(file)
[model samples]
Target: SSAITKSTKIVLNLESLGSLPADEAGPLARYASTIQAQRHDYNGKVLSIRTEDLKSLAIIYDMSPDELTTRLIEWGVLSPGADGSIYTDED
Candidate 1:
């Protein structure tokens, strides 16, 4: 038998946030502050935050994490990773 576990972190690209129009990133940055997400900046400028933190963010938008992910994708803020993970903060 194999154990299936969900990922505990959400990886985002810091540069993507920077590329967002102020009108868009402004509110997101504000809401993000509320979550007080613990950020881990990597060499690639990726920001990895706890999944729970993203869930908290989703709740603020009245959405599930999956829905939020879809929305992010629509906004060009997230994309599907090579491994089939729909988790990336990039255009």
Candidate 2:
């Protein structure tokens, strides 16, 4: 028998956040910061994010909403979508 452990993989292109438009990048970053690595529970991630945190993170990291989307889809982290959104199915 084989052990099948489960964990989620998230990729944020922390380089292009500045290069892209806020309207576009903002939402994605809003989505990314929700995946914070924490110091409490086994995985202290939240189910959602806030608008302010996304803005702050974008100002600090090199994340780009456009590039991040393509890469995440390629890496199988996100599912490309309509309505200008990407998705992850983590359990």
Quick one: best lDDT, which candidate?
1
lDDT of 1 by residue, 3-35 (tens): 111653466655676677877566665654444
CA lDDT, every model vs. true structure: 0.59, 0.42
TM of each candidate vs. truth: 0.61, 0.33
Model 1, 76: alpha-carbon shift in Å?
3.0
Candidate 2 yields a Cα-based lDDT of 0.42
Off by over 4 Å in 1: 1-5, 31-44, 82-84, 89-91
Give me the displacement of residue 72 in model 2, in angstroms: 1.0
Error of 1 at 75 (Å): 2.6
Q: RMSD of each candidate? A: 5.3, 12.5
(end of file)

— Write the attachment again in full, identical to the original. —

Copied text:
[model samples]
Target: SSAITKSTKIVLNLESLGSLPADEAGPLARYASTIQAQRHDYNGKVLSIRTEDLKSLAIIYDMSPDELTTRLIEWGVLSPGADGSIYTDED
Candidate 1:
């Protein structure tokens, strides 16, 4: 038998946030502050935050994490990773 576990972190690209129009990133940055997400900046400028933190963010938008992910994708803020993970903060 194999154990299936969900990922505990959400990886985002810091540069993507920077590329967002102020009108868009402004509110997101504000809401993000509320979550007080613990950020881990990597060499690639990726920001990895706890999944729970993203869930908290989703709740603020009245959405599930999956829905939020879809929305992010629509906004060009997230994309599907090579491994089939729909988790990336990039255009």
Candidate 2:
């Protein structure tokens, strides 16, 4: 028998956040910061994010909403979508 452990993989292109438009990048970053690595529970991630945190993170990291989307889809982290959104199915 084989052990099948489960964990989620998230990729944020922390380089292009500045290069892209806020309207576009903002939402994605809003989505990314929700995946914070924490110091409490086994995985202290939240189910959602806030608008302010996304803005702050974008100002600090090199994340780009456009590039991040393509890469995440390629890496199988996100599912490309309509309505200008990407998705992850983590359990």
Quick one: best lDDT, which candidate?
1
lDDT of 1 by residue, 3-35 (tens): 111653466655676677877566665654444
CA lDDT, every model vs. true structure: 0.59, 0.42
TM of each candidate vs. truth: 0.61, 0.33
Model 1, 76: alpha-carbon shift in Å?
3.0
Candidate 2 yields a Cα-based lDDT of 0.42
Off by over 4 Å in 1: 1-5, 31-44, 82-84, 89-91
Give me the displacement of residue 72 in model 2, in angstroms: 1.0
Error of 1 at 75 (Å): 2.6
Q: RMSD of each candidate? A: 5.3, 12.5